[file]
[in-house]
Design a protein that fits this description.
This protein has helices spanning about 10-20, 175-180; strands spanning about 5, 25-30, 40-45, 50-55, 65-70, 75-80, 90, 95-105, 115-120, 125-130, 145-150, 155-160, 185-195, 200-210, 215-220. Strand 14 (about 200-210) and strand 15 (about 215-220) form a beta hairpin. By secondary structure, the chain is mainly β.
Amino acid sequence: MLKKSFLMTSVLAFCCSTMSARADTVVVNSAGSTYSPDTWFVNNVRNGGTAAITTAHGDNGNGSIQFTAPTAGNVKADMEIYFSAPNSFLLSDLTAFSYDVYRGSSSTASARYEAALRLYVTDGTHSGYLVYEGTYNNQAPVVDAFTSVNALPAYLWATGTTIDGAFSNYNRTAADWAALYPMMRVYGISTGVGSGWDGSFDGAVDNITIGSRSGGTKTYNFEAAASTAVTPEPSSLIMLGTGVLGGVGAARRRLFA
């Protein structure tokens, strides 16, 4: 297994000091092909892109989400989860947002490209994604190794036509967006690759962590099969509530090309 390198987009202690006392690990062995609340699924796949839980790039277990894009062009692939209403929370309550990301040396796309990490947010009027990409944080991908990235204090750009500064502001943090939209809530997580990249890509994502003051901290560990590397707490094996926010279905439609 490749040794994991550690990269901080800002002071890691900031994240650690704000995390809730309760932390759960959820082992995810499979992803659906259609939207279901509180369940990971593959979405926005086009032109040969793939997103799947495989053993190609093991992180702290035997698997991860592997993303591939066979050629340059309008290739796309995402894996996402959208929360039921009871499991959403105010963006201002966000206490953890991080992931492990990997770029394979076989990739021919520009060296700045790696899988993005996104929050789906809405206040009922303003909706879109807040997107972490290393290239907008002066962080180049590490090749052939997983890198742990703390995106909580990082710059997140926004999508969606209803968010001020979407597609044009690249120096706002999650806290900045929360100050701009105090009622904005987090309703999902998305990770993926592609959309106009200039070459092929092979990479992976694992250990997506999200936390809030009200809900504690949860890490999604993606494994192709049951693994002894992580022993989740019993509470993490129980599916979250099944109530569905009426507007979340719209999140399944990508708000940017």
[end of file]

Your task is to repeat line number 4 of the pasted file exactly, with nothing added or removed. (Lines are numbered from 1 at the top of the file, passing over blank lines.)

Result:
Amino acid sequence: MLKKSFLMTSVLAFCCSTMSARADTVVVNSAGSTYSPDTWFVNNVRNGGTAAITTAHGDNGNGSIQFTAPTAGNVKADMEIYFSAPNSFLLSDLTAFSYDVYRGSSSTASARYEAALRLYVTDGTHSGYLVYEGTYNNQAPVVDAFTSVNALPAYLWATGTTIDGAFSNYNRTAADWAALYPMMRVYGISTGVGSGWDGSFDGAVDNITIGSRSGGTKTYNFEAAASTAVTPEPSSLIMLGTGVLGGVGAARRRLFA